COVID-19 Information

Visit our COVID-19 Information page for everything you need to know about COVID-19.

Close alert

The Noongar Six Seasons

The six Noongar seasons are Birak, Bunuru, Djeran, Makuru, Djilba and Kambarang.

The information found on this page is also available in a printable information sheet.

Birak

December to January

The ‘hot and dry’ was characterised by the onset of hot easterly winds. The signals of this season were the Christmas and paper bark trees blossoming. Noongar people burnt mosaic sections of scrubland through fire-stick farming. This forced animals into the open to hunt and opened the canopy to the November rains, which increased germination of summer foodstuffs. An abundance of food was found along the coastal lakes and river estuaries. The mullet, bream, marron and crabs were fat and ready for harvest. Colours of this season are green, blue, orange and yellow. 

Image: Flowering Nuytsia floribunda. Photographs by Gnangarra...commons.wikimedia.org [CC BY 2.5 au] (image has been cropped).

Bunuru

February to March

The ‘fruiting’ was characterised by hot easterly conditions with afternoon sea breezes. Noongar people moved to coastal estuaries and reefs where fish and abalone constituted a portion of the seasonal diet. This was also the salmon and herring season. Large fish could be speared from overhanging trees along river banks. Colours of this season are yellow, orange and red.

Image: Flowering Eucalyptus. Photograph by Podiceps60 [CC BY-SA 3.0] (image has been cropped).

Djeran

April to May

‘First rains – first dew’ began when the weather became cooler with winds from the southwest. Fishing continued, the emus were fat and the zamia palm nuts, bulbs, and other seeds were collected and prepared for food. Colours of this season are red, brown and grey.

Image: Banksia brownii. Photograph by Cas Liber, released into the public domain by the author.

Makuru

June to July

During the ‘cold and wet’ Noongar people moved inland from the coast to the Darling Scarp to shelter from the cold coastal winds. The flowering sheoak trees meant the kangaroos were ready to eat. Wild carrots and several species of wild potato were ready for harvesting. Colours of this season are grey and black.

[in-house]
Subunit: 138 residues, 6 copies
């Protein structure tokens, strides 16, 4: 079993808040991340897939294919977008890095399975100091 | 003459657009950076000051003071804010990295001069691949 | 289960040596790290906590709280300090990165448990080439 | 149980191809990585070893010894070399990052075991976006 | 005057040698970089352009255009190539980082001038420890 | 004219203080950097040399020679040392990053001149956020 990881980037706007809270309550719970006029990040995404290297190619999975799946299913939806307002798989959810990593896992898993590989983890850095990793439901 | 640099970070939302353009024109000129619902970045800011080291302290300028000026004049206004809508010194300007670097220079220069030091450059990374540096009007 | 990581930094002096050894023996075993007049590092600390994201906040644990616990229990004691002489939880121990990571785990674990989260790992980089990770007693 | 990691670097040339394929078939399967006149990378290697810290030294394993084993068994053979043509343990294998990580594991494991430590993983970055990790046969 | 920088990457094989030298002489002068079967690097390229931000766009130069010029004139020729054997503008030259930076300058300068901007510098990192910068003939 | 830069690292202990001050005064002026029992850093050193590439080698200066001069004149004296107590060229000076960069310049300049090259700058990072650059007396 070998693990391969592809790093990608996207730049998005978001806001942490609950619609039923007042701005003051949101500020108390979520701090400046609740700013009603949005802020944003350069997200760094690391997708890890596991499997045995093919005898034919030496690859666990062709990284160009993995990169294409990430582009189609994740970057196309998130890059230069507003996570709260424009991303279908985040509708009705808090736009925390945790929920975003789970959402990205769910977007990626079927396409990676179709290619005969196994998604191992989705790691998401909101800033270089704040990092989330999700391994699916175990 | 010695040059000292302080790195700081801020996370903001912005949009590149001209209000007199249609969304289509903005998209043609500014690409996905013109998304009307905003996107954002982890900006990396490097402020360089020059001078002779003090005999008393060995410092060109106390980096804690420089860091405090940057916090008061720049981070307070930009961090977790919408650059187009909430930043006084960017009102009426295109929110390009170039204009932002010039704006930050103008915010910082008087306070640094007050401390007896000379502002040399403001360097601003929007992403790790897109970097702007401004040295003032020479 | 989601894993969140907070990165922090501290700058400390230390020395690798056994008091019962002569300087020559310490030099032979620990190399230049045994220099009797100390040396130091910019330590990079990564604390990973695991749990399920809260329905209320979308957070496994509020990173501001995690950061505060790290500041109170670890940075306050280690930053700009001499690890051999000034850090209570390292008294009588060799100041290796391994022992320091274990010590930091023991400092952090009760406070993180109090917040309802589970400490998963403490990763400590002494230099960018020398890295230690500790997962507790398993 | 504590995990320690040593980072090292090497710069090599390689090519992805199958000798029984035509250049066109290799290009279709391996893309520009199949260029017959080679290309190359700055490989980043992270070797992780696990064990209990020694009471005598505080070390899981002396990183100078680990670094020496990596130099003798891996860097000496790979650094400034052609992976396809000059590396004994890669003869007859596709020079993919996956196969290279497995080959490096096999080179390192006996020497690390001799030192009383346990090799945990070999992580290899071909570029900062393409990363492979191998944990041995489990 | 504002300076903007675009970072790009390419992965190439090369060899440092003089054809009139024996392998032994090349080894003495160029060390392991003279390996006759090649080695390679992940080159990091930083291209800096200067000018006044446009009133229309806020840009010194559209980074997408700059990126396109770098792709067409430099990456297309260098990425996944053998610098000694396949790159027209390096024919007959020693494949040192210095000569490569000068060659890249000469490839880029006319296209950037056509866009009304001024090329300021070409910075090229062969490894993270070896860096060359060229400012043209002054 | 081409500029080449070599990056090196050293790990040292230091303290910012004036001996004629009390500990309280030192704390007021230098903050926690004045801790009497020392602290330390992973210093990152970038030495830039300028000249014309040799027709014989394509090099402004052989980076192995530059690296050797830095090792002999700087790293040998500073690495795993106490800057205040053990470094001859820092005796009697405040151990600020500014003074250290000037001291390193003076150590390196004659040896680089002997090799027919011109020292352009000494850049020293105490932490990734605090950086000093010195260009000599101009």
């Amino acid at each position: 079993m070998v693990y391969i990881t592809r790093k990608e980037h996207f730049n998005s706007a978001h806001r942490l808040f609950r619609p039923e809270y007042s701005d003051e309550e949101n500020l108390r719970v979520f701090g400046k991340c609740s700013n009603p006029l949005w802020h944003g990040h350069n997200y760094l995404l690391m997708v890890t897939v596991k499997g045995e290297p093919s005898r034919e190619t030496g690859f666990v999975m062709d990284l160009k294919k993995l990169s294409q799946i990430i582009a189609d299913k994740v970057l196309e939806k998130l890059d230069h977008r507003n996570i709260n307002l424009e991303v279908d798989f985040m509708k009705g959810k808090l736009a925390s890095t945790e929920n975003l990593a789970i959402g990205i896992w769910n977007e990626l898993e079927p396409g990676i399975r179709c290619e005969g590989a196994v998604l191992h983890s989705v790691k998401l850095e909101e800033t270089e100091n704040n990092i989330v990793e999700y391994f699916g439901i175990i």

Image: Dianella revoluta, the blueberry lily. Photograph by Sam Genas [CC BY-SA 3.0] (image has been cropped).

Djilba

August to September

As the weather started to get ‘warmer’ Noongar groups moved to the drier Guildford and CanningKelmscott areas. This calmer weather allowed the bush to rejuvenate and plants begin to bloom. Eggs from water fowl, emus, swans and ducks were collected. Tortoises, berries and roots also supplemented the larger game of kangaroo, emu and ringtail possum. Colours of this season are black, blue and green.

Image: Acacia pycnantha (Golden Wattle). Photograph by Bidgee [CC BY-SA 3.0] (image has been cropped).

Kambarang

October to November

The ‘flowering’ is the height of the wildflower season. Quandong trees were ripening, ready for harvesting later in the season, as well as other small shrubs that produced berries. Families moved towards the coast where frogs, tortoises and freshwater crayfish or gilgies and blue marron were caught. Snakes and goannas were also a source of food during this season. Colours of this season are blue and green.

Image: Xanthorrhoea preissii, known as balga. Photograph by MargaretRDonald [CC BY-SA 4.0] (image has been cropped).

Social Media Share this pageLinks below open in a new window

Was this page helpful?
Page Helpful